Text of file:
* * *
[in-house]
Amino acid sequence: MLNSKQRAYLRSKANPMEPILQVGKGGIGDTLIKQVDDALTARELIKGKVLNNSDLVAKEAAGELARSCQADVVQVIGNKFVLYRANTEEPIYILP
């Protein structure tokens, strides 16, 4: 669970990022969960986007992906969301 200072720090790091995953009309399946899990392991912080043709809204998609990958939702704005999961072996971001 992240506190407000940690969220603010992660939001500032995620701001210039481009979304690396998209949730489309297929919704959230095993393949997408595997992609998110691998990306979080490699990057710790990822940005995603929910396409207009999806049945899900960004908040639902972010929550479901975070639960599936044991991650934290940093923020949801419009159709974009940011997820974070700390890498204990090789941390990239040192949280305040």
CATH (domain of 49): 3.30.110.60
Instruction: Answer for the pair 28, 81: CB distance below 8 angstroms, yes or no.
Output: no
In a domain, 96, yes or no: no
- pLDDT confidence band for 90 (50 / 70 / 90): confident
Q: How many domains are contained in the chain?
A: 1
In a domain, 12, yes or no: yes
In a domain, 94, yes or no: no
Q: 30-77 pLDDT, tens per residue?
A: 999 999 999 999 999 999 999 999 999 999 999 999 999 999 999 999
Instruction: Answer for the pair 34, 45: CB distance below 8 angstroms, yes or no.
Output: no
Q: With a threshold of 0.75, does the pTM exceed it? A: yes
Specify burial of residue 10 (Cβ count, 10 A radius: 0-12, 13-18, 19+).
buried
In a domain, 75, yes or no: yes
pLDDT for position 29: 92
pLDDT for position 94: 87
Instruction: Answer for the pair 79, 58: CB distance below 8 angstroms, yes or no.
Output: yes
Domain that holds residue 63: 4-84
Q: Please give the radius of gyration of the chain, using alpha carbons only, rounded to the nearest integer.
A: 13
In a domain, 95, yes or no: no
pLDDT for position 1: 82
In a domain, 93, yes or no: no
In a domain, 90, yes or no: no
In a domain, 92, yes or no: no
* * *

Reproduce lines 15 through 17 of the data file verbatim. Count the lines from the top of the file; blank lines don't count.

Instruction: Answer for the pair 34, 45: CB distance below 8 angstroms, yes or no.
Output: no
Q: With a threshold of 0.75, does the pTM exceed it? A: yes